4
$\begingroup$

Let $p,q$ be odd primes such that $p-q=4a.$ Prove that $\Bigg(\dfrac{a}{p}\Bigg)=\Bigg(\dfrac{a}{q}\Bigg).$

Could anyone advise on how to prove the equality? Hints will suffice, thank you.

$\endgroup$
  • 1
    $\begingroup$ First hint: note that $\left(\frac{a}{p}\right) = \left(\frac{2}{p}\right)^2\left(\frac{a}{p}\right) = \left(\frac{4}{p}\right)\left(\frac{a}{p}\right)= \left(\frac{4a}{p}\right).$ $\endgroup$ – Sam Streeter Oct 30 '18 at 10:07
  • $\begingroup$ Quadratic reciprocity and a little bit of knowledge of how to manipulate Legendre symbols will suffice for the rest. $\endgroup$ – Sam Streeter Oct 30 '18 at 10:11
  • $\begingroup$ Hint: $p$ and $q$ both leave the same remainder on division by $4a$. $\endgroup$ – Moed Pol Bollo Oct 30 '18 at 10:13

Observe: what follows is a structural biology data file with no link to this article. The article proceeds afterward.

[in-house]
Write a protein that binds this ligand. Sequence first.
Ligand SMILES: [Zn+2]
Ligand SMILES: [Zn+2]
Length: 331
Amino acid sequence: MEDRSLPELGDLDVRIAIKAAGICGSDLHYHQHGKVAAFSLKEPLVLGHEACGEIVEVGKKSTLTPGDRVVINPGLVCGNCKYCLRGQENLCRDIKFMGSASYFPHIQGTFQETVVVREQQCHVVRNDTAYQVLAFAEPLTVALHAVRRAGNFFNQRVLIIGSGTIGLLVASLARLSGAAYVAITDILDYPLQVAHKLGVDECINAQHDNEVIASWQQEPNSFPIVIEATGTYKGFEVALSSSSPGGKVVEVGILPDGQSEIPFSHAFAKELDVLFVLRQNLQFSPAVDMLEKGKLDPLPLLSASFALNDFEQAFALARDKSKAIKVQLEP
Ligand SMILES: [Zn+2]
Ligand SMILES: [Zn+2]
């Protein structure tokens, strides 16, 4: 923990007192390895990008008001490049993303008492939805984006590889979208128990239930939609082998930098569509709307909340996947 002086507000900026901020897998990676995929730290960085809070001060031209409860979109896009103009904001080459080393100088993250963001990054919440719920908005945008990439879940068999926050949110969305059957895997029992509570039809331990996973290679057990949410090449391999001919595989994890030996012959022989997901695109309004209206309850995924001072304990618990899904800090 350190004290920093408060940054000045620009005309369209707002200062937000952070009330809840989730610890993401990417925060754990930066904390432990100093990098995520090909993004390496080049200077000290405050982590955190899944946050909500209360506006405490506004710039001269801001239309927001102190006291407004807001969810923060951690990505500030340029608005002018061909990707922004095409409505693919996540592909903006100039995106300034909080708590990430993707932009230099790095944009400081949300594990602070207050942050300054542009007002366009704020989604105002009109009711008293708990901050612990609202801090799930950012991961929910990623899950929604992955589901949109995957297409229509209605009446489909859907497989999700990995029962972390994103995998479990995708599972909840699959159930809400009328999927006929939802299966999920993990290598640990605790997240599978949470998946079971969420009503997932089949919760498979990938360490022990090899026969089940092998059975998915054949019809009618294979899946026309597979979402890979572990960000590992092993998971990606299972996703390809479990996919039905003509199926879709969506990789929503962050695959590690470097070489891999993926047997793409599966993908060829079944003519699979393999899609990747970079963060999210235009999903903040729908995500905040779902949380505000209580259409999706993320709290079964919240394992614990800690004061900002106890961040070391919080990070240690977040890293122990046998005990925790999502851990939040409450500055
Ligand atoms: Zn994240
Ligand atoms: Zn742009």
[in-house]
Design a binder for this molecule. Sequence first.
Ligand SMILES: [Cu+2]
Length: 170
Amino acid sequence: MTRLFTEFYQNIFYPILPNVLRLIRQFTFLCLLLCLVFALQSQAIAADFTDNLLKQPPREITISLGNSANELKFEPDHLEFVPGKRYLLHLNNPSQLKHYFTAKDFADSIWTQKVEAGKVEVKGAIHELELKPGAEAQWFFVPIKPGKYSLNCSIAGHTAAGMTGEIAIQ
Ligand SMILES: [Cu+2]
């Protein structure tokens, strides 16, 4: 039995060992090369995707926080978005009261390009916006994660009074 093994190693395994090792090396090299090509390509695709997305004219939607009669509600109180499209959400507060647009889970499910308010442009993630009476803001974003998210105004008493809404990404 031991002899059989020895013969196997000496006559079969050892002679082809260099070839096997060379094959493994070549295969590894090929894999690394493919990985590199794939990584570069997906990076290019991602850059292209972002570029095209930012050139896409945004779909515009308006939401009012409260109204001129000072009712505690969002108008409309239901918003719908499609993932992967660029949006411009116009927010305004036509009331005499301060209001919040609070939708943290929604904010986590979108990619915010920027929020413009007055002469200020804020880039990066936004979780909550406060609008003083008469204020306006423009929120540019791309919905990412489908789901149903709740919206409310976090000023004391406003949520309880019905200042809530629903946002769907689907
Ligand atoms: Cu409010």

• $\begingroup$ sorry, overread that there was the tag legendre symbol. $\endgroup$ – Enkidu Oct 30 '18 at 10:13
  • 1
    $\begingroup$ @AlexyVincenzo So can you solve the problem now? $\endgroup$ – Sam Streeter Oct 30 '18 at 15:31
3
$\begingroup$

$\Big(\dfrac{a}{p}\Big)= \Big(\dfrac{4a}{p}\Big)=\Big(\dfrac{p-q}{p}\Big)=\Big(\dfrac{-q}{p}\Big) =\Big(\dfrac{-1}{p}\Big)\Big(\dfrac{q}{p}\Big)=(-1)^{\frac{p-1}{2}}\Big(\dfrac{q}{p}\Big)$

$\Big(\dfrac{a}{q}\Big)= \Big(\dfrac{p}{q}\Big)=(-1)^{\frac{p-1}{2} \cdot\frac{q-1}{2}}\Big(\dfrac{q}{p}\Big).$

If $\dfrac{p-1}{2}$ is even, then we are done. If $\dfrac{p-1}{2}$ is odd, then $p \equiv 3 \ (\text{mod} \ 4) \implies q+4a \equiv 3 \ (\text{mod} \ 4) \implies q-1 \equiv 2 \ (\text{mod} \ 4) \implies \dfrac{q-1}{2}$ is odd.

$\endgroup$

Your Answer

By clicking “Post Your Answer”, you agree to our terms of service, privacy policy and cookie policy

Not the answer you're looking for? Browse other questions tagged or ask your own question.